In our experience, it is very easy to overlook important nuances in the relationships between features, benefits and value drivers. These relationships can either be one-to-one, one-to-many, or many-to-one. Take the example below. The product in question is a pick-up truck promising superior gas mileage versus others in its class.
The differential feature (fuel efficiency) is obvious enough: on one gallon of gas, this truck will move forward 35 miles. Next, let’s hypothesize some reasons why customers should care about this.
We see that the first benefit, “spend less money on gas” is also quite obvious. It leads directly to a very straight-forward value driver quantification: # of additional miles per gallon X cost per gallon X number of miles driven per year. It’s safe to say that this benefit/value driver would be relevant to virtually any potential customer. One might be tempted to conclude the exercise right here. But let’s push a little deeper and consider two additional, less tangible benefits from the perspective of specific customer segments.
Take, for example, a sales representative who uses the truck to haul product samples across a wide territory, driving hundreds of miles each week to visit prospects. For this type of customer, one compelling benefit is reducing the number of gas station trips. Searching for gas stations out of town is often inconvenient for a sales rep with busy schedules of customer appointments.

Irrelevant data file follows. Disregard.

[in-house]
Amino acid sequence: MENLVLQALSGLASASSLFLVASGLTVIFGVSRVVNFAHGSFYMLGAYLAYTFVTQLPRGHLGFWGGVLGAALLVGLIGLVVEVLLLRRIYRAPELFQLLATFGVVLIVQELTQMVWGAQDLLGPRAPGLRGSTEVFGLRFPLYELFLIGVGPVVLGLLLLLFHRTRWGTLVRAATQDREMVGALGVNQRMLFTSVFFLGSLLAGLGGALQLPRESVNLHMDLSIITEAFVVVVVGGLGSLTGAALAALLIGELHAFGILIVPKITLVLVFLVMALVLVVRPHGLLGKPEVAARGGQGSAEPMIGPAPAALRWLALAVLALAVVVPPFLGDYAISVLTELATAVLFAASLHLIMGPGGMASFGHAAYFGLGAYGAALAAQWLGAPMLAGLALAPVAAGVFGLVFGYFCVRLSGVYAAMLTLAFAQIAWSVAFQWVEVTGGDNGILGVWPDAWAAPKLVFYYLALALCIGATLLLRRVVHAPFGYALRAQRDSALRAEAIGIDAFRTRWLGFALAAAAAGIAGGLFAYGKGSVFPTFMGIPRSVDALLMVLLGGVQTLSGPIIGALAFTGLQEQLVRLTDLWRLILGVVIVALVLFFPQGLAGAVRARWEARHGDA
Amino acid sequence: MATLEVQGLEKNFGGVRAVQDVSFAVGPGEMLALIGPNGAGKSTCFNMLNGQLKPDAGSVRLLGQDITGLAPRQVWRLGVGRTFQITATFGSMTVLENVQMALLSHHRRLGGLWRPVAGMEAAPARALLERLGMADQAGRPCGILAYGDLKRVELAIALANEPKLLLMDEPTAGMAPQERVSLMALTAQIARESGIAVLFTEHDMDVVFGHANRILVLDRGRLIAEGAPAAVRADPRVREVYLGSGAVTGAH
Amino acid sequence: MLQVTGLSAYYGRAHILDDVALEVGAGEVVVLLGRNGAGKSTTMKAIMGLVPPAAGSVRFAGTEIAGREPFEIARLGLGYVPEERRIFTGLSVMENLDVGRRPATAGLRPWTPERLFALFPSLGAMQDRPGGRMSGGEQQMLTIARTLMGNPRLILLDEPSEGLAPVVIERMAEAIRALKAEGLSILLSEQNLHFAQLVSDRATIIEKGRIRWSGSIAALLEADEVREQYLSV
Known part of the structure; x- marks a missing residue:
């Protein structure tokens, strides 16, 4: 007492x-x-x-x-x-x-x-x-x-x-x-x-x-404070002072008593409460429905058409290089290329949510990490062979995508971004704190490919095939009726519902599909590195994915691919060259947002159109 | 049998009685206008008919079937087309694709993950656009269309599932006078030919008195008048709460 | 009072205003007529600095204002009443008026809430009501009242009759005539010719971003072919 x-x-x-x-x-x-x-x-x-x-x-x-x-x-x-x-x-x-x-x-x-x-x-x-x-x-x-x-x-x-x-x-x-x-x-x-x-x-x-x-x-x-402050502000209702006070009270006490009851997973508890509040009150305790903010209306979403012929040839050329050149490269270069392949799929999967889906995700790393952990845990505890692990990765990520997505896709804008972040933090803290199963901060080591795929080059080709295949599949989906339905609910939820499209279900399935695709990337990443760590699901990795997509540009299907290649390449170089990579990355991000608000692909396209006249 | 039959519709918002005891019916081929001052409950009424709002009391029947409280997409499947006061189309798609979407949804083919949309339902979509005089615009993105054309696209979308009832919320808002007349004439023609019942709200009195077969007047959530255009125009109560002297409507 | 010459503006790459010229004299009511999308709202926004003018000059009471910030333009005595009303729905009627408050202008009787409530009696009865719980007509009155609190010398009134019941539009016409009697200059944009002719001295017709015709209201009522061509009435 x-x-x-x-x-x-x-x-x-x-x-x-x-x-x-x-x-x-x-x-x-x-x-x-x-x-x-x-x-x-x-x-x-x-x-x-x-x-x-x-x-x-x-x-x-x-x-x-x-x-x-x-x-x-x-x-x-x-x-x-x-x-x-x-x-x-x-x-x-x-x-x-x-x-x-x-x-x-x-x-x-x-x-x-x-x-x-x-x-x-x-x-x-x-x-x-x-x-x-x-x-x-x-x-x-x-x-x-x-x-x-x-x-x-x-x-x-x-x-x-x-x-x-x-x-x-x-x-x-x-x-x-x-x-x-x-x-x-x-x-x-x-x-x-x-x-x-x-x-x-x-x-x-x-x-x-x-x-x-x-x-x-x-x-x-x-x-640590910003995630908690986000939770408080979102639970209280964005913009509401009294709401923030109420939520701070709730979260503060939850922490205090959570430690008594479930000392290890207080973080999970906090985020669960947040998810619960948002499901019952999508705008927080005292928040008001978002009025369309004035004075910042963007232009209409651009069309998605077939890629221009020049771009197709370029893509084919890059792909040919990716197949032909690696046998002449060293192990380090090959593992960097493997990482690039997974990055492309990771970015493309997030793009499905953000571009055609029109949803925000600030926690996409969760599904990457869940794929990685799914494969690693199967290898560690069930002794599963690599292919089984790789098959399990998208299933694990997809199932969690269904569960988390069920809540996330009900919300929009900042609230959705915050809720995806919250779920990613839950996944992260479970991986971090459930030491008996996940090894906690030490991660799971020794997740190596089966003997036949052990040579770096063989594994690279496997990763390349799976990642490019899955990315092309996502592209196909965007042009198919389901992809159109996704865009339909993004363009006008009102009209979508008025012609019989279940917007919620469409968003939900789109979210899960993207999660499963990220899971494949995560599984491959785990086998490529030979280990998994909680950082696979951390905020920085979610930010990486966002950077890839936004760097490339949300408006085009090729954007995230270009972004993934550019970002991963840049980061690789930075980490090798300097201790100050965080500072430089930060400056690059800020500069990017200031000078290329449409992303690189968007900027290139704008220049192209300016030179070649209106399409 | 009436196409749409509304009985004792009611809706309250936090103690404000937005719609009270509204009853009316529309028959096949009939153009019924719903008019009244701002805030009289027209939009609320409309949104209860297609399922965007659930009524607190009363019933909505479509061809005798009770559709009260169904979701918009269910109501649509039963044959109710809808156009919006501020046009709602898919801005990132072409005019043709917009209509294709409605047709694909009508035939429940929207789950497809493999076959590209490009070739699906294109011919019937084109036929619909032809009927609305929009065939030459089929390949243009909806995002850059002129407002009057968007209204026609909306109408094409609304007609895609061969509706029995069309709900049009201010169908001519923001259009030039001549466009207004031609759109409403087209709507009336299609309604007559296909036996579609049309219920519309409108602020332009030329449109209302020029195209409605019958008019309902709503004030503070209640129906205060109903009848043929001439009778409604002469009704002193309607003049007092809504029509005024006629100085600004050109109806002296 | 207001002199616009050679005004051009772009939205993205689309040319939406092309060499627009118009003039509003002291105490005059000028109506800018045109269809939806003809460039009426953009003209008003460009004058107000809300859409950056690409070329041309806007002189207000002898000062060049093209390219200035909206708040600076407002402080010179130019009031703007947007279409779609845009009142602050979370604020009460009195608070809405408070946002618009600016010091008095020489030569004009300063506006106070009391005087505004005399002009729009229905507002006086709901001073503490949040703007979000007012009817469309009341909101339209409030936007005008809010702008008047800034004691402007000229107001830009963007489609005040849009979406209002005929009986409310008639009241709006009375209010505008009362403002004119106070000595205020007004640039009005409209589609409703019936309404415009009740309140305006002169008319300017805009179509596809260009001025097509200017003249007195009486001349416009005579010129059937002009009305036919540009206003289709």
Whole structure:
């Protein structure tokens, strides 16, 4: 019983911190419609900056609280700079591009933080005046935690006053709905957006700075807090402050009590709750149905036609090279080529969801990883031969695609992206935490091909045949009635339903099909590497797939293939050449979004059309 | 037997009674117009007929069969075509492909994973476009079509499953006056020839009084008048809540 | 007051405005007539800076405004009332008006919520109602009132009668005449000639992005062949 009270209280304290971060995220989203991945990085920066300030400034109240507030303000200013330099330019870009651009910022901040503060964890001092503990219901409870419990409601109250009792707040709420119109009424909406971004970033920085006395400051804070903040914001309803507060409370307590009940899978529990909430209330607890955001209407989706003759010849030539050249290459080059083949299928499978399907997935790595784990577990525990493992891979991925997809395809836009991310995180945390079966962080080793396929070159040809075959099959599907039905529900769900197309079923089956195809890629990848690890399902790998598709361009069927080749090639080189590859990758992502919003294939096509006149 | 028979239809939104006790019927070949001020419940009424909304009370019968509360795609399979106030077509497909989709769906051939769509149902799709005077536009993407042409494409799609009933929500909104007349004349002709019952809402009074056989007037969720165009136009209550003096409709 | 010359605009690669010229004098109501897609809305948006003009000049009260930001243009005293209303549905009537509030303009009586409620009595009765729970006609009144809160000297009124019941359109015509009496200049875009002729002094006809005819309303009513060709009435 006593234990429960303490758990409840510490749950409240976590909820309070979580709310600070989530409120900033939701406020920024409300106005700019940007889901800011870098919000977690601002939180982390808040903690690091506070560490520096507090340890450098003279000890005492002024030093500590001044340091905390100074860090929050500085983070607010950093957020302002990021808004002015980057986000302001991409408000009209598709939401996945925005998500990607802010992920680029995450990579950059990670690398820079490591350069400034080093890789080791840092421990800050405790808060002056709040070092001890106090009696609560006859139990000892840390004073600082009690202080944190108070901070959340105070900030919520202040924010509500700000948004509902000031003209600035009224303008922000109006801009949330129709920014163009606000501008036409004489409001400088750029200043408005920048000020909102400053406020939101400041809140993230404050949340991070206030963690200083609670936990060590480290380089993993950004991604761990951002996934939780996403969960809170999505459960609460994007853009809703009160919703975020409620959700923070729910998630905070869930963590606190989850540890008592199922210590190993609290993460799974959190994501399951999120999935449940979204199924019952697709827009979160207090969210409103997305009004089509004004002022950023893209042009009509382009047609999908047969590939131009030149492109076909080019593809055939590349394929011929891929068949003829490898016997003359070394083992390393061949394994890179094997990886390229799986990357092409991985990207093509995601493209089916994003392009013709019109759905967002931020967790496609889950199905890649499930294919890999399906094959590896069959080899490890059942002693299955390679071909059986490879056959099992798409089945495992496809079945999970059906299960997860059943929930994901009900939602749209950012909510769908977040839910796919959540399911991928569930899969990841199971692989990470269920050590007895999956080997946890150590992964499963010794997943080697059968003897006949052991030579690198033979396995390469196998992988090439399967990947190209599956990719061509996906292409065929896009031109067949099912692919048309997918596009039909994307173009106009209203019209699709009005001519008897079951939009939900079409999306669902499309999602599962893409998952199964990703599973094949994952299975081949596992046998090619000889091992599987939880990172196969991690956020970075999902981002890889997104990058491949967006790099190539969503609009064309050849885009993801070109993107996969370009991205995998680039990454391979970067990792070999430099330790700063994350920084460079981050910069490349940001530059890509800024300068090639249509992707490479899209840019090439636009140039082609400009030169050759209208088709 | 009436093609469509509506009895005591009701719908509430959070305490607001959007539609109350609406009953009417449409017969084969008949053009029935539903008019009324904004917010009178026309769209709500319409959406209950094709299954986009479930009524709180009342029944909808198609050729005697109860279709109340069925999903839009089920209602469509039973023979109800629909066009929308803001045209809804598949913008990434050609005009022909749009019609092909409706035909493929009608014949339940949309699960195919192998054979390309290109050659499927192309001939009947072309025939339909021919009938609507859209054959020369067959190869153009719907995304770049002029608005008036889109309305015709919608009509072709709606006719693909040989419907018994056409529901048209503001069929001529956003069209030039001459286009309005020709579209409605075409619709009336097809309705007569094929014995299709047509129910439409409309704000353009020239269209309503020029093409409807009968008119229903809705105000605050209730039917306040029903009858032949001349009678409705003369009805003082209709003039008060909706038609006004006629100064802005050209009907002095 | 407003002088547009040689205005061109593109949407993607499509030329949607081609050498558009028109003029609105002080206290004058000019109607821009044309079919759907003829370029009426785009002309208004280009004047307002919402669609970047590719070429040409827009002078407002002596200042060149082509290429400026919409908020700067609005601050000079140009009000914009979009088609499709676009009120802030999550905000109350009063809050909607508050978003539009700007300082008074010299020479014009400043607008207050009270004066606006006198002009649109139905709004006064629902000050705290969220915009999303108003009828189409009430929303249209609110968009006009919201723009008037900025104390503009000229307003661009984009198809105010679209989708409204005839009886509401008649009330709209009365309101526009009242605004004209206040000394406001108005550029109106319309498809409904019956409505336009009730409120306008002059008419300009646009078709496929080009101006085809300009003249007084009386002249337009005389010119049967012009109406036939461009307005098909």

Reducing just a few gas station trips per month can result in significantly more customer face time over the course of the year. To a sales rep, additional face time means additional sales commissions (a revenue value driver). Although quantifying the value for these potential commissions might seem more speculative than estimating fuel savings, even a rough ballpark figure provides a compelling reason for this customer to consider our truck. Especially given the fact that the sales rep gets reimbursed for fuel expenditures anyway, and so wouldn’t be as motivated by the fuel savings benefit.
The third benefit, “lowers my carbon footprint” is perhaps the most intangible. Few can argue with the fact that this has a psychological appeal for customers seeking greener alternatives in their lives. Yet attempting to quantify this economically might seem a stretch, unless we consider this from the perspective of another customer segment. Take for example, a “green” delivery service that differentiates itself as having a 100% hybrid fleet. In this situation, intangible psychological appeal translates into greater market share (a powerful revenue value driver) that outweighs the simple fuel savings. Marketers can then attempt to estimate the incremental revenue from this potential market share gain.
Understanding, and quantifying, intangible value is a critically important strategic task for managers. Intangible value is usually a huge contributor to your offer’s overall value, especially for larger market-leading companies. A solid link that ties features and benefits to value drivers enables B2B enterprises to differentiate their products from competitive offerings.
To access the white paper Unravelling the Mystery of Intangible Value by Ed Arnold, click here.
About Ed Arnold
Ed Arnold is VP, Products at LeveragePoint. Previously, he held senior positions at Communispace, Diamond Management & Technology Consultants, and OmniTech Consulting Group. He directs product design and development and drives the go-to-market strategy for LeveragePoint. Mr. Arnold holds an MBA in Marketing from New York University and MA and BA degrees in Political Science from Boston University.